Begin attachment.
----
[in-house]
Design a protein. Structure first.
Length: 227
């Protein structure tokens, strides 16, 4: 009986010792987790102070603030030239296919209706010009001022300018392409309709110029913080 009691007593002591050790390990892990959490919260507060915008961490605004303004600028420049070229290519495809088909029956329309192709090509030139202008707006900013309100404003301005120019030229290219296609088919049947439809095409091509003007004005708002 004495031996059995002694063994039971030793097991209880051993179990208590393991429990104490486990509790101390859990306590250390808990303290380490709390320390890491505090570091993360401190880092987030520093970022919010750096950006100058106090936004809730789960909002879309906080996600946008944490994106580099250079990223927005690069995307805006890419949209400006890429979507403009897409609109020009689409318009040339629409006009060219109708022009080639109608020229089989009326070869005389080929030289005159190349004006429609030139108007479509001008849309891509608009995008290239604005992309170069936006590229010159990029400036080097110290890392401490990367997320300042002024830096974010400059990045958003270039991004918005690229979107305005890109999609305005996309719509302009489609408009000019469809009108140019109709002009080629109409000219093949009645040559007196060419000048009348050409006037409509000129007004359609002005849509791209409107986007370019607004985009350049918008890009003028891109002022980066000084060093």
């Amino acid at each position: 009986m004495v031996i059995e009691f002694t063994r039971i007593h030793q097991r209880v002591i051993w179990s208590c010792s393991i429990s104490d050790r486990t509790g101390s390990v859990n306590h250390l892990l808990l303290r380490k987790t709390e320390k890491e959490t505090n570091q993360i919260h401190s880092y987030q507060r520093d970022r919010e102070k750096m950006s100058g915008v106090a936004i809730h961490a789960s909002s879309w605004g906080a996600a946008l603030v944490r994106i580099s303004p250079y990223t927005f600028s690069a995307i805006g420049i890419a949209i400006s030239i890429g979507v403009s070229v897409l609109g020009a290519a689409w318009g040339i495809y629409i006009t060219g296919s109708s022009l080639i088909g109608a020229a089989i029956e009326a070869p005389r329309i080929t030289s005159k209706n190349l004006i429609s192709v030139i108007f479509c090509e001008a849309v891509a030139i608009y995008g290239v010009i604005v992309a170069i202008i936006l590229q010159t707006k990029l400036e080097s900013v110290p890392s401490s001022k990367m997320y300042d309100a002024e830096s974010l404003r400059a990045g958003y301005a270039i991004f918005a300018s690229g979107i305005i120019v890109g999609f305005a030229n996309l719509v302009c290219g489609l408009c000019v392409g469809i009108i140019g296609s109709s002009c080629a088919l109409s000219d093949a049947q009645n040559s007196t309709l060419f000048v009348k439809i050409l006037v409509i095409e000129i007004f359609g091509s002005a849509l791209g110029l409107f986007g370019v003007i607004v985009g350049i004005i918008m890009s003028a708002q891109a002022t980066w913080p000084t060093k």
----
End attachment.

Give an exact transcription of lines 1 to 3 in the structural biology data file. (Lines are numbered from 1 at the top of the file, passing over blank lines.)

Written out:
[in-house]
Design a protein. Structure first.
Length: 227